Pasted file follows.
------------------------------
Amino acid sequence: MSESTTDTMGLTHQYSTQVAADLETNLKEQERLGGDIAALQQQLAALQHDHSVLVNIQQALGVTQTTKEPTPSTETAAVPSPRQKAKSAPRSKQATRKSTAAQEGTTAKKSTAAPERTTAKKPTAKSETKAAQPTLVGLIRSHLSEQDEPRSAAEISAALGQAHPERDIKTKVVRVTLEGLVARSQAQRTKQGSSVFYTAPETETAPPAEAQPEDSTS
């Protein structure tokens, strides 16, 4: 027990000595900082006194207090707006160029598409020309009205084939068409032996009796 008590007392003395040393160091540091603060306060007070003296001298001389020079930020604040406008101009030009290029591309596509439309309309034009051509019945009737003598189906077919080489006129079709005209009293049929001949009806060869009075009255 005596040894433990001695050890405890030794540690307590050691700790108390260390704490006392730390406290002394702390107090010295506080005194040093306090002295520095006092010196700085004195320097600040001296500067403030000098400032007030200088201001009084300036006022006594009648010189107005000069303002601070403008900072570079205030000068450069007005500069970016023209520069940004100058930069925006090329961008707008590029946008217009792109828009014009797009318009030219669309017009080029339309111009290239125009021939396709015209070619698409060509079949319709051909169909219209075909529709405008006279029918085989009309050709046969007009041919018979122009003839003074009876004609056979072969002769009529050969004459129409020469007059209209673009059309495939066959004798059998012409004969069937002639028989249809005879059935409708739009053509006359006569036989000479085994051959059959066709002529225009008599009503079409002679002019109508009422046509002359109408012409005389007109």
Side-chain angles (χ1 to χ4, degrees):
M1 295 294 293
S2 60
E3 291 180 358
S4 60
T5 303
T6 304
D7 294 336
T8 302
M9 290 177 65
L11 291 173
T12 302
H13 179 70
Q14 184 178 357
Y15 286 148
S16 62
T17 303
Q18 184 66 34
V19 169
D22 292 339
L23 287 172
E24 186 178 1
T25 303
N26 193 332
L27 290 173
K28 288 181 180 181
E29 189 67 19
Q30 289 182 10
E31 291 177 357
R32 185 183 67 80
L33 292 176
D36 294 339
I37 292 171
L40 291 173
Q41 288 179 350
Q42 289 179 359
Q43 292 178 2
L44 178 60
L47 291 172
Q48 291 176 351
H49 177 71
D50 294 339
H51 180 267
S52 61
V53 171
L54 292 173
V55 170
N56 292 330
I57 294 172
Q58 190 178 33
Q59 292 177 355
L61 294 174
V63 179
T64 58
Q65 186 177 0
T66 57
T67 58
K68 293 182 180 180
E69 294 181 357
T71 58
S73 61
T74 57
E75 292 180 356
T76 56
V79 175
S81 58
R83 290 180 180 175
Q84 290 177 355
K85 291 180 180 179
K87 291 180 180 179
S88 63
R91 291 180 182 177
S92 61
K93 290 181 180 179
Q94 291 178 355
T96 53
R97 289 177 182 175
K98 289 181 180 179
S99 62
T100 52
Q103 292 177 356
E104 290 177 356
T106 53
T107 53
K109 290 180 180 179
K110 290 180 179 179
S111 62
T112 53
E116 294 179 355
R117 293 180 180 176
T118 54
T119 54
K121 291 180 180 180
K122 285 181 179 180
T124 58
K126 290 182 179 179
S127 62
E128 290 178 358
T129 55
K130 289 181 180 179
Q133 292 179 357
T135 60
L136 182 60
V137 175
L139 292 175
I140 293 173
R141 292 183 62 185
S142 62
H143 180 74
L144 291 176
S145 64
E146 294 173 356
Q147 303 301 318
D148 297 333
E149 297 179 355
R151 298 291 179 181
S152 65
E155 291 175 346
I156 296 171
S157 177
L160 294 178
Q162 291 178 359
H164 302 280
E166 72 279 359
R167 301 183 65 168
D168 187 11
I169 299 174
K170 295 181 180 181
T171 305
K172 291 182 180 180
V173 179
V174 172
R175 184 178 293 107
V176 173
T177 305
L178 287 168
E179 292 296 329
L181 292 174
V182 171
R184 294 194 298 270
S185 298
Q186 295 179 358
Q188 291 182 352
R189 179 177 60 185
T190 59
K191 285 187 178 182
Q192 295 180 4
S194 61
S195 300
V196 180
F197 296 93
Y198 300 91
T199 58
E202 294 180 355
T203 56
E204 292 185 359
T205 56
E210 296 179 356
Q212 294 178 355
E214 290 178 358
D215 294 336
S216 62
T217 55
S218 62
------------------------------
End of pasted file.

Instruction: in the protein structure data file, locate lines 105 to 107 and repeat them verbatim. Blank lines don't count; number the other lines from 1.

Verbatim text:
L136 182 60
V137 175
L139 292 175